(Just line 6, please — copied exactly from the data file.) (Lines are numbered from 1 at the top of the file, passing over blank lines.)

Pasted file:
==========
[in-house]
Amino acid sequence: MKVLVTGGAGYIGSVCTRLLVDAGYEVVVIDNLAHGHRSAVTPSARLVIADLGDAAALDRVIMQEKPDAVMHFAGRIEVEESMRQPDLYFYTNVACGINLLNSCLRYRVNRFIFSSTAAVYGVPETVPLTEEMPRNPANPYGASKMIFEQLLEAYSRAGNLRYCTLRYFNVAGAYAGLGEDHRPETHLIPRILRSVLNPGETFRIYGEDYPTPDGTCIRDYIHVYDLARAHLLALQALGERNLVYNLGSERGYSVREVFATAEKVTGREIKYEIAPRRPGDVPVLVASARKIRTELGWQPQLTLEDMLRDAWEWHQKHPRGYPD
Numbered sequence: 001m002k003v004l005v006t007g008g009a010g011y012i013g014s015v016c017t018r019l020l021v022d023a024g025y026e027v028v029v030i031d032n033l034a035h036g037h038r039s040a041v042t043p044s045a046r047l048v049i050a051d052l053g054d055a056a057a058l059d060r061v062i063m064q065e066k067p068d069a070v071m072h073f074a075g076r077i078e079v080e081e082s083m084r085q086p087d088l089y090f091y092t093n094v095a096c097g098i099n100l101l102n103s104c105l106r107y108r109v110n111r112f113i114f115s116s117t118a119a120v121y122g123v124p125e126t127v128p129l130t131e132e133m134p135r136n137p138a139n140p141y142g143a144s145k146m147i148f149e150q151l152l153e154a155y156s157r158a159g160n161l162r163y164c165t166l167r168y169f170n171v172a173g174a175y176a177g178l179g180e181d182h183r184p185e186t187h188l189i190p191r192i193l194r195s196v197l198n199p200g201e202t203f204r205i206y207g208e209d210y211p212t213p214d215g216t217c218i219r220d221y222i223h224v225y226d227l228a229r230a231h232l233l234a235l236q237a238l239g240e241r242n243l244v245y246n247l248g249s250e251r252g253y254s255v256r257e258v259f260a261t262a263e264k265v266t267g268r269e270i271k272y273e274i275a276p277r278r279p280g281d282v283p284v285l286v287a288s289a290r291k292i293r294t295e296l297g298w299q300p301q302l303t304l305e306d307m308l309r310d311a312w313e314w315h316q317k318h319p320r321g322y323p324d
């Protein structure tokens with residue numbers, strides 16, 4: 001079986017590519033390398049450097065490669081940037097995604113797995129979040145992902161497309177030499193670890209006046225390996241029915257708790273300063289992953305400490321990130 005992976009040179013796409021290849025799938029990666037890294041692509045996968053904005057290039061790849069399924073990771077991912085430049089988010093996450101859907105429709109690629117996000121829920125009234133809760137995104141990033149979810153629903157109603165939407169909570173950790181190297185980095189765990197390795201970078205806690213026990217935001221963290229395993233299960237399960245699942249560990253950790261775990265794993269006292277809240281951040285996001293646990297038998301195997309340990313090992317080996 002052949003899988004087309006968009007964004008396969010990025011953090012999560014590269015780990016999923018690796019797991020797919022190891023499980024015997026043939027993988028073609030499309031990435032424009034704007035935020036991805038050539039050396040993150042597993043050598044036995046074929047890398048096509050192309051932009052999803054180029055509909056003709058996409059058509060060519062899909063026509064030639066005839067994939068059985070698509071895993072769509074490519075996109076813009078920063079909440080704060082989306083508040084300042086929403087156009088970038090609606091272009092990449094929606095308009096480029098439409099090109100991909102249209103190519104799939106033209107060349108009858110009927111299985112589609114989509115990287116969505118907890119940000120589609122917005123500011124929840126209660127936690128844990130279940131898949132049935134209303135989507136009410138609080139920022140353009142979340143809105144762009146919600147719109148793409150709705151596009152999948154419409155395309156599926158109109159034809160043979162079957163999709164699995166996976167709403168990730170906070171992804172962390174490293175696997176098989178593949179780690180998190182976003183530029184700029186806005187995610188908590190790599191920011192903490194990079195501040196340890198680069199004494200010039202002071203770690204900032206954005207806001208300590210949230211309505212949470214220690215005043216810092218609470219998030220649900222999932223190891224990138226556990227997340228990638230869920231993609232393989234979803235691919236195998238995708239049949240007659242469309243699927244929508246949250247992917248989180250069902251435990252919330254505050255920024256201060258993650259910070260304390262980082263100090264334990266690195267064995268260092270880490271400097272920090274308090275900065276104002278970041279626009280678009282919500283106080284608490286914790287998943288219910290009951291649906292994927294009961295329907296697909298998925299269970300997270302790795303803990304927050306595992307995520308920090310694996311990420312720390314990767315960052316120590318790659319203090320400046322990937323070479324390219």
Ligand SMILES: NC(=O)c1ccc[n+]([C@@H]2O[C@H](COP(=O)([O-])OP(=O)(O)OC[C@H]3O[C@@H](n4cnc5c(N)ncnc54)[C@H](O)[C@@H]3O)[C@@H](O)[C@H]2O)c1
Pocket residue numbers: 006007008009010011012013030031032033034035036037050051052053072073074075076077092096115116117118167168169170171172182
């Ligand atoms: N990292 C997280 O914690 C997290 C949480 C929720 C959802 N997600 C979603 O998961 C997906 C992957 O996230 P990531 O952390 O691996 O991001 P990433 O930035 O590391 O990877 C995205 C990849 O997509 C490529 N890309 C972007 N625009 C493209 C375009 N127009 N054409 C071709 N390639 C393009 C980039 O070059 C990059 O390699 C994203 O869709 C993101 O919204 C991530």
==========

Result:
Pocket residue numbers: 006007008009010011012013030031032033034035036037050051052053072073074075076077092096115116117118167168169170171172182